Pusser’s reputation inspired numerous pop cultural references, including several songs such as “The Ballad of Buford Pusser” recorded by Johnny Cash and Eddie Bond. The film’s popularity inspired two sequels and other productions. The 1975 BCP Production Walking Tall Part II , directed by Earl Bellamy, featured Bo Svenson taking over the role of Pusser and Noah Berry, Jr., Lurene Tuttle, Garrett and Lyn reprising their roles as Pusser family members. The story featured Pusser tracking down his wife’s murderers. The 1977 BCP Production, Final Chapter: Walking Tall , directed by John Starrett, again starred Svenson with Forest Tucker assuming the role of Carl Pusser and focused on Pusser’s life after stepping down as sheriff up to the time of his death. A television series, entitled Walking Tall , also starring Svenson, aired briefly on NBC in 1981. In 2004, M-G-M released a loose remake of Walking Tall starring Chris "The Rock" Vaughn, with a script written by Mort Briskin and directed by Kevin Bray. The character names were changed, with Vaughn’s character a veteran just having returned home from the Vietnam War. In 2007, Walking Tall: The Payback and Walking Tall: Lone Justice , starring Kevin Sorbo, directed by Tripp Reed, were released directly to DVD by Sony. The main similarity to the original film was a lone individual defending his family and town against organized crime. More Less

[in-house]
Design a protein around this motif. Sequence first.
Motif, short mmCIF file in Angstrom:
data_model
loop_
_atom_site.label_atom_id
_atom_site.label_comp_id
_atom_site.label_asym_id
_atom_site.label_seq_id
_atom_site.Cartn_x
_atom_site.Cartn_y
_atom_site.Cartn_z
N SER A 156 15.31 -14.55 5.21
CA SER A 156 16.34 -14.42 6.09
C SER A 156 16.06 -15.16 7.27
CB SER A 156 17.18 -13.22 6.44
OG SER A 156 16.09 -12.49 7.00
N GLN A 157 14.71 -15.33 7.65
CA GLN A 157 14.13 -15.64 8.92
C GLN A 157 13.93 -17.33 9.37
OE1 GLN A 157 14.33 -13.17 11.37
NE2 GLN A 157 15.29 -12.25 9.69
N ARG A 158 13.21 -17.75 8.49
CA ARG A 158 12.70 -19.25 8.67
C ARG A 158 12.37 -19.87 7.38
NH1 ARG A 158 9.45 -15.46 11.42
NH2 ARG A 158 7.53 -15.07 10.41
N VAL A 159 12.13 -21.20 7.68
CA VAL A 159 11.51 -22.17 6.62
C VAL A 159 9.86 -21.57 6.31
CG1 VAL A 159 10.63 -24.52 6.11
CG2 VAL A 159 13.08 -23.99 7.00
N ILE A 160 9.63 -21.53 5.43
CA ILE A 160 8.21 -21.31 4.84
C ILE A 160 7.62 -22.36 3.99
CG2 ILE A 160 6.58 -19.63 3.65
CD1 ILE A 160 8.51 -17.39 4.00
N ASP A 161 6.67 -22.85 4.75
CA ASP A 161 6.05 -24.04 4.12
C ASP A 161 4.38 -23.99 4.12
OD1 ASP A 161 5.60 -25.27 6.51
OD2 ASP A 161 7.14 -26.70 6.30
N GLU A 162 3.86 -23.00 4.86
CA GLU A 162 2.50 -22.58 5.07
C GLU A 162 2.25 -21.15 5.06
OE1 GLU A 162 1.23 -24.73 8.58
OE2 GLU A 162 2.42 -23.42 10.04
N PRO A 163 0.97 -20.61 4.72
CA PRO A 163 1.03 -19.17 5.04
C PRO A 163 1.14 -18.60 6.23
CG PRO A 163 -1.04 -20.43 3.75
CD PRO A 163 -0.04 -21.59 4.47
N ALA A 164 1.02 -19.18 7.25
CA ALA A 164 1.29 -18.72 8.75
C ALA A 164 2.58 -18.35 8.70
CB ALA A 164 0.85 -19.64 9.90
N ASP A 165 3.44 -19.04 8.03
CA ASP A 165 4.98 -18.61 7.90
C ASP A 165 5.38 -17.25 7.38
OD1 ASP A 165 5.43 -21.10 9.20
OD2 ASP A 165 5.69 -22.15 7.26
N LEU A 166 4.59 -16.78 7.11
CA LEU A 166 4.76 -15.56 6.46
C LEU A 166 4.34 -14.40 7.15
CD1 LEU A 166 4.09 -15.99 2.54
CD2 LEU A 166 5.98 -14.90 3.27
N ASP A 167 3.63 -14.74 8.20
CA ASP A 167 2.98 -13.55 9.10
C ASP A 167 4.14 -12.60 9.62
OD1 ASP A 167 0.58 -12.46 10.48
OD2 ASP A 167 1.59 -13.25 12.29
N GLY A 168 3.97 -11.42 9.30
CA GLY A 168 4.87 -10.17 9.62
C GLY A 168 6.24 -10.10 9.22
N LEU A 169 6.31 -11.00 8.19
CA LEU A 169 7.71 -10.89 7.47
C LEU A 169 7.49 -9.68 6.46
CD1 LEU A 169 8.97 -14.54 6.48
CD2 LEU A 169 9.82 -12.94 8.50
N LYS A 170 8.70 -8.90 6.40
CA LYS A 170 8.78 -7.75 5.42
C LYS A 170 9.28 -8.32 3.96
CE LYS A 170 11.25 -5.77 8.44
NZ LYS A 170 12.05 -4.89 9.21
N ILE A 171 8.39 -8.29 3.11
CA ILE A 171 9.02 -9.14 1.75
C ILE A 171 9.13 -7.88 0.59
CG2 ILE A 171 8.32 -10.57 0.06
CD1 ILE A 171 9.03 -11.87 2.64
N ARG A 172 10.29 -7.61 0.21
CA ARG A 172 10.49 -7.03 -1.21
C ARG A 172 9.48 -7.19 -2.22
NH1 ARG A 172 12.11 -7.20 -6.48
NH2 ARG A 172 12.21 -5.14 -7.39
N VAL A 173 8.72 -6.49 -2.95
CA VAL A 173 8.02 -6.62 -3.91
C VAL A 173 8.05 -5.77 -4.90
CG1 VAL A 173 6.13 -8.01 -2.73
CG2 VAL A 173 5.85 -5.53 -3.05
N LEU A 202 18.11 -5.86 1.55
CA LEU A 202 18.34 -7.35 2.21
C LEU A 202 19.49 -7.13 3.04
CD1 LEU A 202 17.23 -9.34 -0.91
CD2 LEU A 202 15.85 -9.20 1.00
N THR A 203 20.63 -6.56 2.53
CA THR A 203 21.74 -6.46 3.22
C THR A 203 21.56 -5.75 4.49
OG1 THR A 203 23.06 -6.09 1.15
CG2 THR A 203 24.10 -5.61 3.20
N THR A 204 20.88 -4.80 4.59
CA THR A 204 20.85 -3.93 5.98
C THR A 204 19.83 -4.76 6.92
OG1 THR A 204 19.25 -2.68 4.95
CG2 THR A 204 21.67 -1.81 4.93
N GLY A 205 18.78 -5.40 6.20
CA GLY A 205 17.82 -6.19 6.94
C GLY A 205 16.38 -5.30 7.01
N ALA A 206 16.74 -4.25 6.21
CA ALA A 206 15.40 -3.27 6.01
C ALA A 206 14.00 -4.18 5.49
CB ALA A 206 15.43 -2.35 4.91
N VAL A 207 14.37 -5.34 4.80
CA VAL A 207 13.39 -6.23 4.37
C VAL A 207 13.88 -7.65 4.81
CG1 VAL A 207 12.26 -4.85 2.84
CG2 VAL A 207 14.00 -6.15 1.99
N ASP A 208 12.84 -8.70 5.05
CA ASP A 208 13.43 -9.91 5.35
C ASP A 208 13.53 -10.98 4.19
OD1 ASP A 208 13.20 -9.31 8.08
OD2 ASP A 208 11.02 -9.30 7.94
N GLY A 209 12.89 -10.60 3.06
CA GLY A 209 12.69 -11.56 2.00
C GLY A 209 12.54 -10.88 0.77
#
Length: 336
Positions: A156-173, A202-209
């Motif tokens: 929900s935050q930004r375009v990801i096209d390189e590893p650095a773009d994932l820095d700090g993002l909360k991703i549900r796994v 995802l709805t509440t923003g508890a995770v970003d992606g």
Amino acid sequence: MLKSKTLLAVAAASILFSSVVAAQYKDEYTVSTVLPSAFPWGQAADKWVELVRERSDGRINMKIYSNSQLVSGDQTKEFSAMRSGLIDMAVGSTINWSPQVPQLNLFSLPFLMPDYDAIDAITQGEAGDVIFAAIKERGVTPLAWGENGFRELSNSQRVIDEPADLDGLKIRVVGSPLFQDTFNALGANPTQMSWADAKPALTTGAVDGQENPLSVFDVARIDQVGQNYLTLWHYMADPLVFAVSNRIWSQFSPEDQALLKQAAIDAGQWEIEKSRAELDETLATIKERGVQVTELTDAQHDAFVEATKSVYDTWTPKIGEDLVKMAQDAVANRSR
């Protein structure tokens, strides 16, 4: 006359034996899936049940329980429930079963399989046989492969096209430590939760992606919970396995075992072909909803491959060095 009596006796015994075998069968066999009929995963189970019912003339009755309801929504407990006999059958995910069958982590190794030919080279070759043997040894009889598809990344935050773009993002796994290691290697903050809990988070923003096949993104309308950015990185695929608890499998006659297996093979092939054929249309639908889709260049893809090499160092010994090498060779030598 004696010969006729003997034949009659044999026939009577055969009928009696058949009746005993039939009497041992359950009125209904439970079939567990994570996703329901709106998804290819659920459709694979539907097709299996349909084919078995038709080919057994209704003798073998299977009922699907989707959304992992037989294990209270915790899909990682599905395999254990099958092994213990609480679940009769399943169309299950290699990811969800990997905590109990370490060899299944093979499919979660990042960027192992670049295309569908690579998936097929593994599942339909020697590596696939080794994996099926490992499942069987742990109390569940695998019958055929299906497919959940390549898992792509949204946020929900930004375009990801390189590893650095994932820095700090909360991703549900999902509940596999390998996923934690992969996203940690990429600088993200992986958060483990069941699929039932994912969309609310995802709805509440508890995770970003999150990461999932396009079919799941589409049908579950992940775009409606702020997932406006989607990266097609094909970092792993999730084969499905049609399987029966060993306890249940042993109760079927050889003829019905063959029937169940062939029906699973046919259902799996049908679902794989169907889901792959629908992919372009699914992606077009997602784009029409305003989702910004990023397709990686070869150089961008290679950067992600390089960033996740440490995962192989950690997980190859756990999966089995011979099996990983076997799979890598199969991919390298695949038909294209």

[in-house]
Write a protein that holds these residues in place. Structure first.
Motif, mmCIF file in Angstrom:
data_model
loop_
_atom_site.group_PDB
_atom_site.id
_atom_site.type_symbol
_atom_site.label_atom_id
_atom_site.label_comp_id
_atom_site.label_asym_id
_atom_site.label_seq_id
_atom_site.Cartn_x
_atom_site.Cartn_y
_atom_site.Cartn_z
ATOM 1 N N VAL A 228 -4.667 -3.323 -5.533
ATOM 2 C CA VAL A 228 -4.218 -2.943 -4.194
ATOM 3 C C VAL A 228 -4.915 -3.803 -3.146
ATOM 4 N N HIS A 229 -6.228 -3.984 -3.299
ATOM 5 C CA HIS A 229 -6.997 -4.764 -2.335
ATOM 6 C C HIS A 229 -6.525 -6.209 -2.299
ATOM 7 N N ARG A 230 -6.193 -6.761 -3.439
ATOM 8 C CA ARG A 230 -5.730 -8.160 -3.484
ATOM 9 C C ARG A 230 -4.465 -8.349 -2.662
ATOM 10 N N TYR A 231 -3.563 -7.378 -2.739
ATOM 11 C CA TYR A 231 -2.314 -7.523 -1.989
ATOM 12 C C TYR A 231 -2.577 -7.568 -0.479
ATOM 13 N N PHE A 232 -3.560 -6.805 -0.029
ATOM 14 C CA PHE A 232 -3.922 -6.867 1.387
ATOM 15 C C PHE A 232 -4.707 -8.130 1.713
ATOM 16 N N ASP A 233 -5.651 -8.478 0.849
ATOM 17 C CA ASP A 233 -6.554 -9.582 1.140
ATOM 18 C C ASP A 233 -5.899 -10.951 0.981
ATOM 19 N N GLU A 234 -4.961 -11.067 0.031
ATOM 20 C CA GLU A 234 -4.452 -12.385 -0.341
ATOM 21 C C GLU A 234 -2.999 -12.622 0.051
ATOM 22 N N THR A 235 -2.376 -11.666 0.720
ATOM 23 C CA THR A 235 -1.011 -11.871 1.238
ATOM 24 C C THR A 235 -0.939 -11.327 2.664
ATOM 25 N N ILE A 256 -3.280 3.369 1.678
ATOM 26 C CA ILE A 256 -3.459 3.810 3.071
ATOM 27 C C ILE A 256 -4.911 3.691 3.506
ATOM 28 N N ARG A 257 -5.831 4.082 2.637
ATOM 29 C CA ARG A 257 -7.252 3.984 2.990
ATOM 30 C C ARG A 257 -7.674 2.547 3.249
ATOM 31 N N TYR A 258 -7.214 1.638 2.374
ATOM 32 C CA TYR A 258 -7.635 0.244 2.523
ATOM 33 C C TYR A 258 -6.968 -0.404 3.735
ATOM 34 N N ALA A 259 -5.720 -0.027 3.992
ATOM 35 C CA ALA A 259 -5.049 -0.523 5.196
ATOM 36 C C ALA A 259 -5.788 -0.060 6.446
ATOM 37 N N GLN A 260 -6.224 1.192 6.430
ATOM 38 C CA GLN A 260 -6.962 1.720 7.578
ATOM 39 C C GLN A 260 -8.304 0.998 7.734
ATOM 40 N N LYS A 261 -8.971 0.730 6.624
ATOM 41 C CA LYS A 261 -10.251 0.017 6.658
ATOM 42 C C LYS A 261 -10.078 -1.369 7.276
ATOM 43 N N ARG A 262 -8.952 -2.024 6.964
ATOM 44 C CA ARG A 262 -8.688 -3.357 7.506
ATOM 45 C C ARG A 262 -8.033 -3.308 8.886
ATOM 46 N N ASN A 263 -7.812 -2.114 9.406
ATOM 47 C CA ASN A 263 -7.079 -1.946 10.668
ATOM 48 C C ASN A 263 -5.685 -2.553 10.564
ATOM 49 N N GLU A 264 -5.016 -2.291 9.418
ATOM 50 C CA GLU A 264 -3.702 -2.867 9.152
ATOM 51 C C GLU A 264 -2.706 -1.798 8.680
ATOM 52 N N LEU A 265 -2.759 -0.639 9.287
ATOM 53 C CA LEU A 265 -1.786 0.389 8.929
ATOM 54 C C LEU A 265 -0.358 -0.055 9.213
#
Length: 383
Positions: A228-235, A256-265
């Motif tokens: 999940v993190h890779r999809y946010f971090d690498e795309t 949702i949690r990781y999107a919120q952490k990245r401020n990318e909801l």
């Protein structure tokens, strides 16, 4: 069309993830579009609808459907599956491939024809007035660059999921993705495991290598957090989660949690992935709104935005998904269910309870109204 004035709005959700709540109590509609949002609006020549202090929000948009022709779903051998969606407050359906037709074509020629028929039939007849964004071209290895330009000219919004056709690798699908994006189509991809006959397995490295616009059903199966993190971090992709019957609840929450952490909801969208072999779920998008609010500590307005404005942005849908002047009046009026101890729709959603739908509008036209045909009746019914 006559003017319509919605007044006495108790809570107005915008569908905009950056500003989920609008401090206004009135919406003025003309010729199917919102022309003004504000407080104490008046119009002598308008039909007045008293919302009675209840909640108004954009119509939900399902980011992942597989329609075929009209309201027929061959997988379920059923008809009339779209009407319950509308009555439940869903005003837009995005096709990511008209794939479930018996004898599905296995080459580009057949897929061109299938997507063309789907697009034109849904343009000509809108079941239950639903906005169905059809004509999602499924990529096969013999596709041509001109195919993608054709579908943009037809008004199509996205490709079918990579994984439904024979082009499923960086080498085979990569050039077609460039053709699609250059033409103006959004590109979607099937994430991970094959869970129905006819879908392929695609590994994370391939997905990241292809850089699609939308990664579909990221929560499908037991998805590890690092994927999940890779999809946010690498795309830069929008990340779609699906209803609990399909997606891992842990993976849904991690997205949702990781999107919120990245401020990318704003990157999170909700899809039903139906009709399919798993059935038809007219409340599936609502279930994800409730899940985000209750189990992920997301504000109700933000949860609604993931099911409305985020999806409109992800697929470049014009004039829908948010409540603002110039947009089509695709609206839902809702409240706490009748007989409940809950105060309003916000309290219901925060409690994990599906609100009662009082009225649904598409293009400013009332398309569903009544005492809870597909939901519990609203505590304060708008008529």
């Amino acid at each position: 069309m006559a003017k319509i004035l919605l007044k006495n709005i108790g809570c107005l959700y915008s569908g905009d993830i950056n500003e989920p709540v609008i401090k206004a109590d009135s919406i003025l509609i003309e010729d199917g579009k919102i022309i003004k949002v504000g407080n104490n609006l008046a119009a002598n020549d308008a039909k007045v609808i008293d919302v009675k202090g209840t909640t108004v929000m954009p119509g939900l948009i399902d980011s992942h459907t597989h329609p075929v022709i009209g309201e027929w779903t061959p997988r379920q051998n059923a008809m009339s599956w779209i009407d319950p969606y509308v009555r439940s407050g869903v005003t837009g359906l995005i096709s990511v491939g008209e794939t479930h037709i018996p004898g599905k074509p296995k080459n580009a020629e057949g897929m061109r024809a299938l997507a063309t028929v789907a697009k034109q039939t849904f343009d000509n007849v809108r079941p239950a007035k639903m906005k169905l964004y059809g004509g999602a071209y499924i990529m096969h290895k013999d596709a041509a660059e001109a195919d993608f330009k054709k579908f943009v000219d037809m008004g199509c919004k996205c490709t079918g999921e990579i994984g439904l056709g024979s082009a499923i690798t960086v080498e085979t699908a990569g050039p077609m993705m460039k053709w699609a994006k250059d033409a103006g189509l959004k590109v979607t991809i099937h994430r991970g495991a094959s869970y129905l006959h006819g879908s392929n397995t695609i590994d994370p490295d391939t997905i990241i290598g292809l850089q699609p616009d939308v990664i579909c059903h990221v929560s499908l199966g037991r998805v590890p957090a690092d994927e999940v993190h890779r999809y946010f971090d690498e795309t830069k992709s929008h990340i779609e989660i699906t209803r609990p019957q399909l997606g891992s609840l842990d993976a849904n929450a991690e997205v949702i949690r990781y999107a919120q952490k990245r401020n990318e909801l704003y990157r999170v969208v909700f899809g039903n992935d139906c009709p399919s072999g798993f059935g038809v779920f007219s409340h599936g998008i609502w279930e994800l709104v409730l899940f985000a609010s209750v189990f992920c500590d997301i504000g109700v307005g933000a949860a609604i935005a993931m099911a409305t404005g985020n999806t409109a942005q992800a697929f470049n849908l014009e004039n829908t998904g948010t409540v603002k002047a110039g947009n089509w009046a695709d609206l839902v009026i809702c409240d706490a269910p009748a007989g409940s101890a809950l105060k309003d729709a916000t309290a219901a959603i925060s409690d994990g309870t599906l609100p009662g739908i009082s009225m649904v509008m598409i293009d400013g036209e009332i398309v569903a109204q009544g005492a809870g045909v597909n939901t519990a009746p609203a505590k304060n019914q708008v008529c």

GEOGRAPHIC LOCATIONS
SOURCE CITATIONS
SOURCE
DATE
PAGE
Box Office
3 Jul 1972.
---
Box Office
12 Mar 1973
p. 4571.
Daily Variety
19 Aug 1969.
---
Daily Variety
8 Nov 1971.
---
Daily Variety
4 Jun 1973
p 1, 4.
Hollywood Reporter
24 Apr 1972.
---
Hollywood Reporter
14 Jul 1972
p. 14.
Hollywood Reporter
11 Aug 1972
p. 14.
Hollywood Reporter
22 Feb 1973
p. 4, 27.
Los Angeles Herald Examiner
1 Oct 1973.
---
Los Angeles Herald Examiner
22 Dec 1976.
---
Los Angeles Times
23 Feb 1973
Section IV, p. 1, 22.
Los Angeles Times
30 Apr 1974
Part IV, p. 1, 12.
New Times
6 Sep 1974
pp. 25-27.
New York Times
9 Feb 1974
p. 18.
Newsweek
8 Oct 1973.
---
Time
21 May 1973.
---
Variety
28 Feb 1973
p. 20.
CAST
PRODUCTION CREDITS
NAME
PARENT COMPANY
PRODUCTION COMPANY
DISTRIBUTION COMPANY
NAME
CREDITED AS
CREDIT
DIRECTORS
Asst dir
2d asst dir
PRODUCERS
Exec prod
Assoc prod
Prod exec
WRITER
PHOTOGRAPHY
Dir of photog
Chief elec
ART DIRECTOR
FILM EDITOR
Film ed
SET DECORATORS
Const coord
Props
COSTUMES
MUSIC
SOUND
Prod mixer
Re-rec mixer
VISUAL EFFECTS
Spec eff
MAKEUP
Makeup
Hairstylist
PRODUCTION MISC
Prod mgr
Tech consultant
Casting
Scr supv
Transportation coord
Post prod supv
Loc equipment
Automobiles furnished by
Unit pub
STAND INS
Stunt coord
Stunt coord
SOURCES
SONGS
"Walking Tall," words by Don Black, music by Walter Sharf, sung by Johnny Mathis.
PERFORMER
DETAILS
Series:
Release Date:
February 1973
Premiere Information:
New York opening 8 February 1973
Los Angeles opening: 23 February 1973
Production Date:
mid July--mid August 1972 in Tennessee
Copyright Claimant:
Bing Crosby Productions, Inc.
Copyright Date:
23 February 1973
Copyright Number:
LP41989
Physical Properties:
Sound
Color
DeLuxe
Duration(in mins):
125
MPAA Rating:
R
Country:
United States
Language:
English
Passed by NBR:
No
SYNOPSIS